If my son has ever had a bigger smile on his face, I've never seen it. The hybrid striper he fought gave him a run for his money, but the fish never had a chance against a teenager who'd been patient for far too long. Zach quickly brought the hefty hybrid alongside the boat and Brad netted it.
More fish now were feeding on the surface around us. Zach and Brad started casting again, and soon each had a nice white bass on his line. More casts, more white bass, more smiles. Then another jumbo hybrid exploded on Zach's topwater plug, and another big battle was on. Zach won that skirmish, too.
The action lasted two hours. We left Beaver Lake much later than we intended, but Zach and I departed with glad hearts. We were both happy our long, cold day on the water hadn't been unproductive
Sitting at home now, warm and toasty in my office, I've been thinking how much Brad Wiegmann is like my Uncle Julius. He hasn't figured too prominently in this story, but to tell the story right, he must. It was Brad's perseverance, as much as Zach's, which led this trip to a happy conclusion. And it was Brad's patience and guidance that led Zach to success. I was just along for the ride.
One of Brad's most important character traits is a willingness to share his knowledge and enjoyment of angling with youngsters like Zach. Before we fished, Brad spent a great deal of time showing Zach the rods, reels and lures we'd be using and teaching him the tactics we'd employ to catch our quarry. Then when we were on the water, he continued his tutelage, showing Zach how to read the sonar, how to rig the lines, and how to cast and retrieve properly. He was patient and thorough, and the way he did these things made Zach more comfortable about this new experience.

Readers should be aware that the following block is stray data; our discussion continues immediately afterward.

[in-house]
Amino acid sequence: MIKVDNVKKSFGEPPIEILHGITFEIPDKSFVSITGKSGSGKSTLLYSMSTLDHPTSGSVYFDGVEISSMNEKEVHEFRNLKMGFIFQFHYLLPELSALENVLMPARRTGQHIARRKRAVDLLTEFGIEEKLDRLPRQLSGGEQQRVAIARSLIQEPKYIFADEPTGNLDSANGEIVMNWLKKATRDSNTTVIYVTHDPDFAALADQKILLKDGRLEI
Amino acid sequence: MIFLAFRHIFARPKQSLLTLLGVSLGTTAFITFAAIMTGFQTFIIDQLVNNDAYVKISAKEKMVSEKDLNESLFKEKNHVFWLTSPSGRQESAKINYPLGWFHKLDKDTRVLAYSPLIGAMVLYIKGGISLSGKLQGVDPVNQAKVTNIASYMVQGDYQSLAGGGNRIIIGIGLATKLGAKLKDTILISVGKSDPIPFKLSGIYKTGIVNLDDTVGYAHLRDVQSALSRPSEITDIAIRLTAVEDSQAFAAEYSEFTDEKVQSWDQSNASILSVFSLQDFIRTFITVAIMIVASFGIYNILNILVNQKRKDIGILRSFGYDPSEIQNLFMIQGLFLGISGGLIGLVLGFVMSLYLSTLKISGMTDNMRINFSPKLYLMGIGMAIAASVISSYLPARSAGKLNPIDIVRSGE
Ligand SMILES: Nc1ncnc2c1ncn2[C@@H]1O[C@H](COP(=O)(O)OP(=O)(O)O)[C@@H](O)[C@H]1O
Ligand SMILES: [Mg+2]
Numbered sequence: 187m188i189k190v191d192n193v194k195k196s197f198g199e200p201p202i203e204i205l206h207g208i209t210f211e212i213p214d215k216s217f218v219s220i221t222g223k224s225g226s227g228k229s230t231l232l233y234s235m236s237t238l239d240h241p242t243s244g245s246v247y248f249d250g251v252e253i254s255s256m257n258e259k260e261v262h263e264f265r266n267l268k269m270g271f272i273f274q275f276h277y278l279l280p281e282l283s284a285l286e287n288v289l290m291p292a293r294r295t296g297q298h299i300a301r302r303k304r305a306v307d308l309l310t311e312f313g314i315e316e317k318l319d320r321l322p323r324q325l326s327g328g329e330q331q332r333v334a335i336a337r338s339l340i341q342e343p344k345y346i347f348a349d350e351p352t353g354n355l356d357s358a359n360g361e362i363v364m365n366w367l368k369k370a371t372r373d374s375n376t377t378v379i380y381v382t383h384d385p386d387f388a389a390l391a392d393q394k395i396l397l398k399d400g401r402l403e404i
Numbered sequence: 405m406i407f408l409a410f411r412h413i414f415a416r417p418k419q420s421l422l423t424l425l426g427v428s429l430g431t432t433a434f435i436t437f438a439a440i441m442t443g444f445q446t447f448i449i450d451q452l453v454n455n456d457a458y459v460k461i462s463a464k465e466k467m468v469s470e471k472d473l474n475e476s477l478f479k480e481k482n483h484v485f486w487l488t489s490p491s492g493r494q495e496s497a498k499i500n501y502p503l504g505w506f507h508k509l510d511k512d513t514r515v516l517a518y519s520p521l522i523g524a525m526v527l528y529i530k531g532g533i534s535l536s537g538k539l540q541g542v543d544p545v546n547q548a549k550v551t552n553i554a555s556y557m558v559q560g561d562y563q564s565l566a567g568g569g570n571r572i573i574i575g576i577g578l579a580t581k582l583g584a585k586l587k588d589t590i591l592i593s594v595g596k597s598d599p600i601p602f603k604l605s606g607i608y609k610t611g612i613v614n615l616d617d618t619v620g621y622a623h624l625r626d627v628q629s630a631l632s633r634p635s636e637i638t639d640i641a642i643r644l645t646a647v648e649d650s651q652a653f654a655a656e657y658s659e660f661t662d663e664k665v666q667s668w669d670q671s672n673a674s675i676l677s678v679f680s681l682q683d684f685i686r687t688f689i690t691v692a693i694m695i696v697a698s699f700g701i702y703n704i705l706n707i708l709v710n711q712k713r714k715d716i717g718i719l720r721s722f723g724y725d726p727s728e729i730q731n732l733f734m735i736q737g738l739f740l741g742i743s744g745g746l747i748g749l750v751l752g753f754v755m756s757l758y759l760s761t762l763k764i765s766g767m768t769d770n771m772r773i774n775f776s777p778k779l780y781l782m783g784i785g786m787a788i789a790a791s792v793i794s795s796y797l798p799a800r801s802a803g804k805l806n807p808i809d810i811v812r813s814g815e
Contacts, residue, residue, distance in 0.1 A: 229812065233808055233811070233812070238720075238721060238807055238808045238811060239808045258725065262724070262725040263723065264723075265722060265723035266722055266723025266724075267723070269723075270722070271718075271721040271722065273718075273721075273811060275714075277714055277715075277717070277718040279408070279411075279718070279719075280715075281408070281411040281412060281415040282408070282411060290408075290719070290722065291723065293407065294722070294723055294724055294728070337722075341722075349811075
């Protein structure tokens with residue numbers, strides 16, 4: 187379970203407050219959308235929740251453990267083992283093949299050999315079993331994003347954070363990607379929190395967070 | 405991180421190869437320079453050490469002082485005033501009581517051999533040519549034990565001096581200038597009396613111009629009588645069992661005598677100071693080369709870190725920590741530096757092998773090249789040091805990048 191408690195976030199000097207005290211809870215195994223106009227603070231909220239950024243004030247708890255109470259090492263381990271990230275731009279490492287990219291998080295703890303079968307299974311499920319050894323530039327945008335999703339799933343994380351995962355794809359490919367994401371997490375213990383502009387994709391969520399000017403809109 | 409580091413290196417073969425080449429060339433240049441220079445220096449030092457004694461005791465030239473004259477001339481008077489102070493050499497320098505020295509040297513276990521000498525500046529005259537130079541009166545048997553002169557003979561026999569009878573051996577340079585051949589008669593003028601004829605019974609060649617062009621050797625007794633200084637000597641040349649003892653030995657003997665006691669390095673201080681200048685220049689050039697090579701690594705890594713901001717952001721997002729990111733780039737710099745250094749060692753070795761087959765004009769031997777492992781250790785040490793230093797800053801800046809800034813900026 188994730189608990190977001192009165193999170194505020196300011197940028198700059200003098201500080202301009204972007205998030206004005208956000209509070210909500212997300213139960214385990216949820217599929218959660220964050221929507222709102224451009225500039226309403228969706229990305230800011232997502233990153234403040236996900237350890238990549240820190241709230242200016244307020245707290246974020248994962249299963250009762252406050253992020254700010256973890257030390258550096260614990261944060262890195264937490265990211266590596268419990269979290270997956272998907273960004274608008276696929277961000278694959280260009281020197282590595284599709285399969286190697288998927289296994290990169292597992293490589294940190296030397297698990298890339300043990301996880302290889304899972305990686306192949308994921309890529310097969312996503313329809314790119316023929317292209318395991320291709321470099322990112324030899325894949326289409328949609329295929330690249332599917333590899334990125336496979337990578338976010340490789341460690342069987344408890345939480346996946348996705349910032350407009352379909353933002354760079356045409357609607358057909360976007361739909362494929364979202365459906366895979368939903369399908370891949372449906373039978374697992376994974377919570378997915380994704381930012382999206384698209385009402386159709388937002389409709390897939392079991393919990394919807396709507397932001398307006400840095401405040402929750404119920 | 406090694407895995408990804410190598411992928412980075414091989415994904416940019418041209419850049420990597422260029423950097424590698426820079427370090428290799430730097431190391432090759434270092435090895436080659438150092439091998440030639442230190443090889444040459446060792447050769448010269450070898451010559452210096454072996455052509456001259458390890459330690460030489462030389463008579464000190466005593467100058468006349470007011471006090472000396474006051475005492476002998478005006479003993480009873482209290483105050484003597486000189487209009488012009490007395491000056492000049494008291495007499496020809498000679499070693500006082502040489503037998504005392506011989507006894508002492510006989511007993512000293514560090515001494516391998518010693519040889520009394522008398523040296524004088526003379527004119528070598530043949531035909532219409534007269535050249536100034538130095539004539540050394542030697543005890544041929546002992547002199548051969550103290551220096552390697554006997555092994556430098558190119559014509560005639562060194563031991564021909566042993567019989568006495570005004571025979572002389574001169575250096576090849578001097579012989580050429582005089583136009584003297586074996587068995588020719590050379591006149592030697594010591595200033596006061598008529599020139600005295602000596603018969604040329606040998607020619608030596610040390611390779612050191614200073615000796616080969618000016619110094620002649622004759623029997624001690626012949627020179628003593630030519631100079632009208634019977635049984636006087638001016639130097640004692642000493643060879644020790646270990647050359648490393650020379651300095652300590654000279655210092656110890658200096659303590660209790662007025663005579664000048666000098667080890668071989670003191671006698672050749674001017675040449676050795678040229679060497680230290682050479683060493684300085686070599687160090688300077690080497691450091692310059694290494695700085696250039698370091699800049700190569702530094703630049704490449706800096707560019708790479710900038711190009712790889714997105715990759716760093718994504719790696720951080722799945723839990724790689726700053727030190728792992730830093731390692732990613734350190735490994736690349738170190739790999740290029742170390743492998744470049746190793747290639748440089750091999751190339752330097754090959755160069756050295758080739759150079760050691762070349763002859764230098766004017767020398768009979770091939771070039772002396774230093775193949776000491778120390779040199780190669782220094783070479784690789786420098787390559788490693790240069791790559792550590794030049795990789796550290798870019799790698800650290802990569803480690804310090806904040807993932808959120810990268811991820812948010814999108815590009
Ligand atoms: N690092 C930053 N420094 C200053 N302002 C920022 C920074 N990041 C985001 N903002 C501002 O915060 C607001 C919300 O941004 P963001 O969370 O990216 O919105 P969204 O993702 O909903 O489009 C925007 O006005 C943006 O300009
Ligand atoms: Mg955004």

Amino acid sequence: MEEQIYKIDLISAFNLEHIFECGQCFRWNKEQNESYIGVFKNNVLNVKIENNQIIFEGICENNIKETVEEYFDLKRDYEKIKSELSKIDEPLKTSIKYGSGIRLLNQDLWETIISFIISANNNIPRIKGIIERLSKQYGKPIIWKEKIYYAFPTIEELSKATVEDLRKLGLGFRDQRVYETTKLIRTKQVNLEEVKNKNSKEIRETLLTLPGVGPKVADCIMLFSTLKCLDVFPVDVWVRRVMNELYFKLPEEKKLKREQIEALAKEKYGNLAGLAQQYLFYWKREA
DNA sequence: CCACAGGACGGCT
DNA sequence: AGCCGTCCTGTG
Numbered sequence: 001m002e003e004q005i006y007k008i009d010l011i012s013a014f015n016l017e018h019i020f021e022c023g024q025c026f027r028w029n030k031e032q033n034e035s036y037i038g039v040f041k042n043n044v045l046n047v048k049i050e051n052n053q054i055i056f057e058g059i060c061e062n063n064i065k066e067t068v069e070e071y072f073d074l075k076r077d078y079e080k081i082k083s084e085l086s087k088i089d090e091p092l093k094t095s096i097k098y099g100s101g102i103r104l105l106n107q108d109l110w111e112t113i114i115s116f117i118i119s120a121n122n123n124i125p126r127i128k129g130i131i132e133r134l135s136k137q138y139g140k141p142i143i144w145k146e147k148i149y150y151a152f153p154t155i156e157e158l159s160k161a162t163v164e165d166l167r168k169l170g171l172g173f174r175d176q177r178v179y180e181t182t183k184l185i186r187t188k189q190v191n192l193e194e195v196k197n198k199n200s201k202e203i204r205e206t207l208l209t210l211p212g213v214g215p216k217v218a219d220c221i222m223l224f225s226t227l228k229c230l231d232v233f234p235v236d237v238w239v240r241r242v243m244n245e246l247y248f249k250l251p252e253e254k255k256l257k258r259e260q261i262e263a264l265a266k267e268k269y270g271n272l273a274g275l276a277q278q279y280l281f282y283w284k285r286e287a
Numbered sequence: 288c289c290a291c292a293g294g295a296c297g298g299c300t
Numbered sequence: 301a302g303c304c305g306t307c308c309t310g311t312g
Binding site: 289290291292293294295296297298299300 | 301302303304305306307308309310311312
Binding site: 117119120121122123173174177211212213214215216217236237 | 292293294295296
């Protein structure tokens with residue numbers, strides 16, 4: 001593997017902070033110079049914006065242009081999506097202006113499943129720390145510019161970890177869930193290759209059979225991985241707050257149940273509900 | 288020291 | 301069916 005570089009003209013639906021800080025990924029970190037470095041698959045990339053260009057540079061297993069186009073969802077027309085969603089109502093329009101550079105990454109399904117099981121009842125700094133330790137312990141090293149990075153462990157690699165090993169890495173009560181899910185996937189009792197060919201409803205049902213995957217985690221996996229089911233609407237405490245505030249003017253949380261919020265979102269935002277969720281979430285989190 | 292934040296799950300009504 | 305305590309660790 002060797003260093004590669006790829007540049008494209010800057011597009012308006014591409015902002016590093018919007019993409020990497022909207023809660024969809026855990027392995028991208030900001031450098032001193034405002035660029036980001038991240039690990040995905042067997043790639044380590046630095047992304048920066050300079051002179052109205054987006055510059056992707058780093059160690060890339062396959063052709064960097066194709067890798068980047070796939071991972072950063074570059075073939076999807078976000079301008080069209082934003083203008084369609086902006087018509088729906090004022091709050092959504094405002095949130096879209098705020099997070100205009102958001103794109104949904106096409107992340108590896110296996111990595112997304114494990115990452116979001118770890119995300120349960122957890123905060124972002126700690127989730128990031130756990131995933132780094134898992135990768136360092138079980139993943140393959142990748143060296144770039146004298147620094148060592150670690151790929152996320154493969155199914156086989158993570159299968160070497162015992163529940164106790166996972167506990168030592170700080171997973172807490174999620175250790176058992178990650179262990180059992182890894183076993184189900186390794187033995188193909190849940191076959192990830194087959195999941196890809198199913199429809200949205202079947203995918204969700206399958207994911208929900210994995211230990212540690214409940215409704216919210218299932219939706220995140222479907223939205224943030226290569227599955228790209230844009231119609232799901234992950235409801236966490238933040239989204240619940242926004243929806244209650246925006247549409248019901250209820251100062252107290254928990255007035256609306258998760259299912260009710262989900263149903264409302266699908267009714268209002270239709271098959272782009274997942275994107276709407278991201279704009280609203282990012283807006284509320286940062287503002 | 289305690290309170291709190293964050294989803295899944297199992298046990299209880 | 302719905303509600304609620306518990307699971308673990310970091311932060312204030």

Brad did the same things with my oldest son Josh on a trip several years ago. We fished many hours that day and might have gotten discouraged. But our guide's upbeat, optimistic attitude was contagious, and we continued fishing even when it seemed there was no hope for success. As a result, Josh caught the biggest fish he'd ever landed, a 25-pound striper that decided to eat during the final hour of our fishing day. And Josh, like Zach, learned the reward of perseverance as a result of fishing with Mr. Wiegmann.
When Brad reads this, I'm guessing he'll feel a bit embarrassed by the attention. His actions do not result from an expectation of reward. Like my Uncle Julius, he does what he does because he enjoys seeing young anglers smile. And he knows there are many valuable lessons he can teach — like the value of perseverance — while spending a day fishing with young people just getting into the sport.
I share this with you as my own form of encouragement. Perhaps until now you've never considered the far-reaching effects a fishing trip may have on a youngster. But my experiences with good people like Uncle Julius and Brad Wiegmann show this can be true. Anglers influence youngsters in many positive ways if they take time to share a few lessons on the water. And it is good when some of those lessons come from people other than parents.
I hope you will take a youngster fishing soon. It's something we all should do.
To contact Keith Sutton, email him at email@example.com.